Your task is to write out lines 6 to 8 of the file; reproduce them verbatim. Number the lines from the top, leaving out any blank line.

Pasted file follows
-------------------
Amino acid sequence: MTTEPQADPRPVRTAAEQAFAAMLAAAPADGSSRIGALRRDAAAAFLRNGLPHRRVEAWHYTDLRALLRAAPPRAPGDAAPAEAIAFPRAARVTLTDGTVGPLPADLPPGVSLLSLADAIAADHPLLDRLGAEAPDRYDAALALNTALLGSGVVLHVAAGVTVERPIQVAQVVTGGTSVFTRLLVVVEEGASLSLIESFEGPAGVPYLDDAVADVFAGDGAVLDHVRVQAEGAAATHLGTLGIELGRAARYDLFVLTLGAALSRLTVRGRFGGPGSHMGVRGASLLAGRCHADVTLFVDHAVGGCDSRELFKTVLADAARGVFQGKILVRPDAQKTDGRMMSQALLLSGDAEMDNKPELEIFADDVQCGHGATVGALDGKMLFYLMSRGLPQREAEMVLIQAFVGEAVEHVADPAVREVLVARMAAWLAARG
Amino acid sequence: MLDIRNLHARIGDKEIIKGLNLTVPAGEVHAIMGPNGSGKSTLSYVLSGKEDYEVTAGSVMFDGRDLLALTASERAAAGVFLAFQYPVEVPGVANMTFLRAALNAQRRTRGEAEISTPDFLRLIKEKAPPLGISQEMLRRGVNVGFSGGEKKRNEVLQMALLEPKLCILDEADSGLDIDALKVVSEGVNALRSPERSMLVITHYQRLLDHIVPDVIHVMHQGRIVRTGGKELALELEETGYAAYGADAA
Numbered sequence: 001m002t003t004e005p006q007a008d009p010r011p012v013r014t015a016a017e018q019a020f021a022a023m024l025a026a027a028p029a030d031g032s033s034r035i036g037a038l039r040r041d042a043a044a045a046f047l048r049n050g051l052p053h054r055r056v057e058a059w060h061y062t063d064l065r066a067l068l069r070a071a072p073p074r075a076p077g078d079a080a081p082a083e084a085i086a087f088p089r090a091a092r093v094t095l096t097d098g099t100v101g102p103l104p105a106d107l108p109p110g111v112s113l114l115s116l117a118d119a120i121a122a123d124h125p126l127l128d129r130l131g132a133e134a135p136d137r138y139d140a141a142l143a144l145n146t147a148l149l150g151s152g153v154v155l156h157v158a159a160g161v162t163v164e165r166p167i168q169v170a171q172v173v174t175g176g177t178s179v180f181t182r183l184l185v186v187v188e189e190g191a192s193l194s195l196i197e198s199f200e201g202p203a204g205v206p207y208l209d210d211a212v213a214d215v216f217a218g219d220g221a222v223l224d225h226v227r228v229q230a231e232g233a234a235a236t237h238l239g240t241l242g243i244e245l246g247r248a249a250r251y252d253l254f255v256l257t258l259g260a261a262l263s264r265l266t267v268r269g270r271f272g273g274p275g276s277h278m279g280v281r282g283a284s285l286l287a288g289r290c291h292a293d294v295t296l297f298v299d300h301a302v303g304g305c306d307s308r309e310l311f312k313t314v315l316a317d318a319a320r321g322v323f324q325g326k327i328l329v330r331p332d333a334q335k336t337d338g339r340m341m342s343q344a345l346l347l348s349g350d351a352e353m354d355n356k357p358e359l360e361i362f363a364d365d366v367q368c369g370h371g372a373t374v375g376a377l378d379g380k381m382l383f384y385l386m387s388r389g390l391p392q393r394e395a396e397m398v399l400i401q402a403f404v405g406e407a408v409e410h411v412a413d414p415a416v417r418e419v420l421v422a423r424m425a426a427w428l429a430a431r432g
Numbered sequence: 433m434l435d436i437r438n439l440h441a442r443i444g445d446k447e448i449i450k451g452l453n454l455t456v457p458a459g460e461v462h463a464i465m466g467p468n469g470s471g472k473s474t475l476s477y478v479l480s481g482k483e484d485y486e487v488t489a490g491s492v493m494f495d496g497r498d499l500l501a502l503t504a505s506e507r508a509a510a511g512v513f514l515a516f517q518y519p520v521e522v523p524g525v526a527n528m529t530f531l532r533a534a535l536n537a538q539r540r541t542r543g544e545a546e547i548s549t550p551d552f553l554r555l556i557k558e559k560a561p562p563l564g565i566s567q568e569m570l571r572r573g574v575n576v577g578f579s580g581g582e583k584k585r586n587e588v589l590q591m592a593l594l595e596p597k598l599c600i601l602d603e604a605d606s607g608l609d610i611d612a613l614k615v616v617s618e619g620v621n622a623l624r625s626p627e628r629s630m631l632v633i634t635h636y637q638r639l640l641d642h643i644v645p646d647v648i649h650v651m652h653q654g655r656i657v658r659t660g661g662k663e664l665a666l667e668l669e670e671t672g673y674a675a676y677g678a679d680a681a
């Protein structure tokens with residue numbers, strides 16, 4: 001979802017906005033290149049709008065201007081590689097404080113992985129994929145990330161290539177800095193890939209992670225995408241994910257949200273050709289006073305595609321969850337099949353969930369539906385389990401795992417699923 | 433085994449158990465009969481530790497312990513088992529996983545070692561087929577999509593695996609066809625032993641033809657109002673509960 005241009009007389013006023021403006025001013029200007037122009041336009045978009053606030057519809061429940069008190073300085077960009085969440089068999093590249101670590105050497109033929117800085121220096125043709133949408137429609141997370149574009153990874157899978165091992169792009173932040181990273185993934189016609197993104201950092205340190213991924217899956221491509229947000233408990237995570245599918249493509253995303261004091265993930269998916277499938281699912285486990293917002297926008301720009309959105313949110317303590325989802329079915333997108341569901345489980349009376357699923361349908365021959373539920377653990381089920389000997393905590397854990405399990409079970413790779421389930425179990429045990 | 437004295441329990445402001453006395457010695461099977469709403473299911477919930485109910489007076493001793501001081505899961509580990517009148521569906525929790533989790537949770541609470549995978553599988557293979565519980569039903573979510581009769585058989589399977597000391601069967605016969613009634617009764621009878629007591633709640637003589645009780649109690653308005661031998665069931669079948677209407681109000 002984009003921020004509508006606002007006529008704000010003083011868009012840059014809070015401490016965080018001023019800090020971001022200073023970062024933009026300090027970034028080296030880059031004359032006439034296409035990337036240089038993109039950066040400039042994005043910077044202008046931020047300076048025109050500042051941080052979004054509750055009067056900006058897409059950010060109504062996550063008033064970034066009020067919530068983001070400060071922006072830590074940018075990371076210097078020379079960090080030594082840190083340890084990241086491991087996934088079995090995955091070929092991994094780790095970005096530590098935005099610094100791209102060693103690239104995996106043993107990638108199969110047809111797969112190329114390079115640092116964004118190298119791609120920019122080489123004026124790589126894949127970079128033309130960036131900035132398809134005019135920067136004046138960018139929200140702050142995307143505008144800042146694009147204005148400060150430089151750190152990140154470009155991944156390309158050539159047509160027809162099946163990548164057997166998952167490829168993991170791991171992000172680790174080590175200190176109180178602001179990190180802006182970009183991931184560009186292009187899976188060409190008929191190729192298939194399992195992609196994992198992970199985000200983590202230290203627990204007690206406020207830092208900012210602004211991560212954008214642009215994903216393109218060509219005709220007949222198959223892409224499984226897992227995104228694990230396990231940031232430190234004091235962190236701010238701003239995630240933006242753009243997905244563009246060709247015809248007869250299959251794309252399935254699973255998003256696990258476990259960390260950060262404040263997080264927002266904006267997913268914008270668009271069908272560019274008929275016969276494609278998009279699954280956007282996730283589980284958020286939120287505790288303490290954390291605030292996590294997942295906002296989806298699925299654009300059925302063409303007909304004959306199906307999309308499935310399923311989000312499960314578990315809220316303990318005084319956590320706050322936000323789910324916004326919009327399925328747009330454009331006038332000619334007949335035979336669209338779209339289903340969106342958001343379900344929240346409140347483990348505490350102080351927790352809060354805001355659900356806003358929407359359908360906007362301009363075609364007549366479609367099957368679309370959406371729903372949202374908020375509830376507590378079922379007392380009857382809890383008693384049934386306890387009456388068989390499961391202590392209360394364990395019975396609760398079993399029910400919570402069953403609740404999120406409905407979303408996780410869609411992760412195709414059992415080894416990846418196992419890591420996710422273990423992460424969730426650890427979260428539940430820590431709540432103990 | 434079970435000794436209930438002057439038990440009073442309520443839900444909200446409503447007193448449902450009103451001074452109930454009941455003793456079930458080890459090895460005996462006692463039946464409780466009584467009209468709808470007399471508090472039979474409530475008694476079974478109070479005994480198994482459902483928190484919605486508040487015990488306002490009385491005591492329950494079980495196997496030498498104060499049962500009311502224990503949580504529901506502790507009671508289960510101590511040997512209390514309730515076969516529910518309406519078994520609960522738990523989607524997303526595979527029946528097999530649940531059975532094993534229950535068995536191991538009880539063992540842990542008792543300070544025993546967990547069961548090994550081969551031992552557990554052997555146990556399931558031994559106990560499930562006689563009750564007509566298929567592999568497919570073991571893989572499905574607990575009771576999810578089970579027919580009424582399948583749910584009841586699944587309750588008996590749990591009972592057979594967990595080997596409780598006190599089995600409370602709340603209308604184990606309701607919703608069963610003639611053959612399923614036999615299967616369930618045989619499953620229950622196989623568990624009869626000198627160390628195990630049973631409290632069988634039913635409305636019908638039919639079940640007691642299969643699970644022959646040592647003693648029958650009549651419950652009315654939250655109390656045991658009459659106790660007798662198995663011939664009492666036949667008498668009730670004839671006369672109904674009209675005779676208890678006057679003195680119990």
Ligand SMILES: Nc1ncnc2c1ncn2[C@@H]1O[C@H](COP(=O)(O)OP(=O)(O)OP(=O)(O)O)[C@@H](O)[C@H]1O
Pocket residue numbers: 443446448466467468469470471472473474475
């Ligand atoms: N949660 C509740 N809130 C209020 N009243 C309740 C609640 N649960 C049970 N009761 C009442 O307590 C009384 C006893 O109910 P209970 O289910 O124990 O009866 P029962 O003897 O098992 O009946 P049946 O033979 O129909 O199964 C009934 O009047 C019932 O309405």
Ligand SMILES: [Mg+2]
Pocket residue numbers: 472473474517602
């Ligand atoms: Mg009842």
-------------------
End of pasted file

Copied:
Ligand SMILES: Nc1ncnc2c1ncn2[C@@H]1O[C@H](COP(=O)(O)OP(=O)(O)OP(=O)(O)O)[C@@H](O)[C@H]1O
Pocket residue numbers: 443446448466467468469470471472473474475
């Ligand atoms: N949660 C509740 N809130 C209020 N009243 C309740 C609640 N649960 C049970 N009761 C009442 O307590 C009384 C006893 O109910 P209970 O289910 O124990 O009866 P029962 O003897 O098992 O009946 P049946 O033979 O129909 O199964 C009934 O009047 C019932 O309405």